LONDON (Reuters) - Temporary dismissals, also known as sin-bins, for yellow card offences at lower levels of the game could be given the go-ahead at an annual meeting of soccer's rule makers next month.
The International Football Association Board (IFAB) said on Wednesday that a proposal to allow such dismissals in youth and amateur football was on the agenda for consideration at its annual meeting at Wembley Stadium on March 3.
Tests have been carried out in European soccer body UEFA’s development competitions and some amateur leagues over the last three years.
Former Dutch international Marco van Basten, FIFA's chief technical officer, has said sin bins would benefit attacking teams more than giving a yellow card to the player who has interrupted their move.
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"It is more difficult with 10 against 11, and even more so with eight or nine," he told German magazine Sport Bild last month.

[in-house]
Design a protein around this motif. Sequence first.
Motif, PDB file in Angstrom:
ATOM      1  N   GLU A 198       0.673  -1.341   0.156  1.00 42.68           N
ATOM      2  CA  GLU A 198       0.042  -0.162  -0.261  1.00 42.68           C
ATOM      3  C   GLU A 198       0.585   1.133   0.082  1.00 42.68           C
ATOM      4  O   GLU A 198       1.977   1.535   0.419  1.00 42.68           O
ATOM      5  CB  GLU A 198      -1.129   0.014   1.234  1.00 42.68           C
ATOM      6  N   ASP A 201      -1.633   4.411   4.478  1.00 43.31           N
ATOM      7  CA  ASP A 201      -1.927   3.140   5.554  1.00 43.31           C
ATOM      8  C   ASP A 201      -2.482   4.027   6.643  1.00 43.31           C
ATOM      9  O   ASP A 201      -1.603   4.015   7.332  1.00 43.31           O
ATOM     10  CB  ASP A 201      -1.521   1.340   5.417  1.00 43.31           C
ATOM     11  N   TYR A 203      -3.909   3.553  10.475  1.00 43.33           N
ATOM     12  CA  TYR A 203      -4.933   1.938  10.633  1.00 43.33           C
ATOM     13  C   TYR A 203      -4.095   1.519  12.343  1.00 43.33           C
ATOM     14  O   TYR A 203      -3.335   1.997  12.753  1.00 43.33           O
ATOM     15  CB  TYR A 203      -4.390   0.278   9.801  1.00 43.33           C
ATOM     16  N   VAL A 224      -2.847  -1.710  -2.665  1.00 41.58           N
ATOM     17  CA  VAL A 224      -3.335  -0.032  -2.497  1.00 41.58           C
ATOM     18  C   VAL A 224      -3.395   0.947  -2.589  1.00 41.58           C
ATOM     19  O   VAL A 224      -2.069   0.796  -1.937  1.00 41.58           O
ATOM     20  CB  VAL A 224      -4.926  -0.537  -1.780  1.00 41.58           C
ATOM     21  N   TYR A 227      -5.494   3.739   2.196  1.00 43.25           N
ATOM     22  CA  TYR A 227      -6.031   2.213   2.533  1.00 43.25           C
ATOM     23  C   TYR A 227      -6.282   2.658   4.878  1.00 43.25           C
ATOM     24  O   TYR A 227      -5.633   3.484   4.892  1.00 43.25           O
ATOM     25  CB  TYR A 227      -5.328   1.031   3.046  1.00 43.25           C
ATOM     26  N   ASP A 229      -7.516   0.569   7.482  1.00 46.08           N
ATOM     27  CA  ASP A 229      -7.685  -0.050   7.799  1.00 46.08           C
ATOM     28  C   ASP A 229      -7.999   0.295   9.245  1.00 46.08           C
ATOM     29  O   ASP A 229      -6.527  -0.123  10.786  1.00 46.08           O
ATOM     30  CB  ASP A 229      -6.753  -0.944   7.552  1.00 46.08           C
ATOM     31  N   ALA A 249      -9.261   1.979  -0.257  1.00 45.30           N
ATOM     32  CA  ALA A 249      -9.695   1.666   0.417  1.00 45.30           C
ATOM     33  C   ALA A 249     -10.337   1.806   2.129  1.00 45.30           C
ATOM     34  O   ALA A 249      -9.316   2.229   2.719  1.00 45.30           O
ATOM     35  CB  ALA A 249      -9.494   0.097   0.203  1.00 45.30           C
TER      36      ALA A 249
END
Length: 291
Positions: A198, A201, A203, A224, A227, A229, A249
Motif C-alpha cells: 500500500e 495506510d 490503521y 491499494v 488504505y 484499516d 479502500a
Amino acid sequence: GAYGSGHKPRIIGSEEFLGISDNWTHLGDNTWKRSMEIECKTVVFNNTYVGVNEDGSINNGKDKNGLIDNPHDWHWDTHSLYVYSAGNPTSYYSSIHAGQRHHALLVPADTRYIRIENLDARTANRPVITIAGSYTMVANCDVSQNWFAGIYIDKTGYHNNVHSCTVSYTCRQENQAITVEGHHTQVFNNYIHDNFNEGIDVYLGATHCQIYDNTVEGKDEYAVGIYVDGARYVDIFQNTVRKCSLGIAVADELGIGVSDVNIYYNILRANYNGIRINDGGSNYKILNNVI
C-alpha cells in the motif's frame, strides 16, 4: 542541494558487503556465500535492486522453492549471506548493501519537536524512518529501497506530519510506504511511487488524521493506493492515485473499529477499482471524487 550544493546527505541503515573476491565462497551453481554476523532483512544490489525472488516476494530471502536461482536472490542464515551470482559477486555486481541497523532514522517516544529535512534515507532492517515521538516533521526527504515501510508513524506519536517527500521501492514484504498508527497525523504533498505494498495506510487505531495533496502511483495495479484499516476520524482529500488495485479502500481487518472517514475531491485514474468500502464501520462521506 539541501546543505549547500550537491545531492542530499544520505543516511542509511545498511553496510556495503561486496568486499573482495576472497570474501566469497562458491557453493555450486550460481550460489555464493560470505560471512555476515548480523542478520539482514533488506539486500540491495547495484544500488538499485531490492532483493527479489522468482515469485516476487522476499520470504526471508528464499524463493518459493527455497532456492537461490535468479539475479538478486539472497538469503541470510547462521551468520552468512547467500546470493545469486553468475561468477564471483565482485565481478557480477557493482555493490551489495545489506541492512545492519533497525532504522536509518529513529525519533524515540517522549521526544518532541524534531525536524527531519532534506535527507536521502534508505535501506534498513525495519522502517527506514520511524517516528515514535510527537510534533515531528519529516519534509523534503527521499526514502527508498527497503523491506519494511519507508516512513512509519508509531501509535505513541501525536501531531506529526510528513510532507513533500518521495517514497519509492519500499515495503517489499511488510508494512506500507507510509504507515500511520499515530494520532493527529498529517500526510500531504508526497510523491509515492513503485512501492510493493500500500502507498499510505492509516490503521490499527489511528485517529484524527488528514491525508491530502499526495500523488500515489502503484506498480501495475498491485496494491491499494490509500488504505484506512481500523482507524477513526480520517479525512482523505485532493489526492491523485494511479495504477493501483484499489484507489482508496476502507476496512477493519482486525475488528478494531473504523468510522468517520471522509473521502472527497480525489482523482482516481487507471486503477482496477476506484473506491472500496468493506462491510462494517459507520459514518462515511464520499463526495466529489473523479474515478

The IFAB agenda includes the extension of modifications to the Laws of the Game to give national associations more freedom to decide issues such as the number of substitutions at lower levels.
The IFAB will also be updated on video assistant referees and the board's overall strategy will also be discussed.
"Central to the strategy will be even closer relationships and exchanges with football stakeholders to ensure the IFAB’s proposals and decisions relate to 'what football wants'," it said in a statement.
"Particular focus will be given to the role of the captain and how her/his responsibilities could be enhanced as part of a move to improve on-field discipline and create better communication between players and match officials."
Van Basten told the BBC last year that soccer's world governing body was discussing whether to allow only team captains to speak to referees.
He also proposed abolishing extra-time and using a different system other than penalties in the shootout.
(Reporting by Alan Baldwin, editing by Ken Ferris)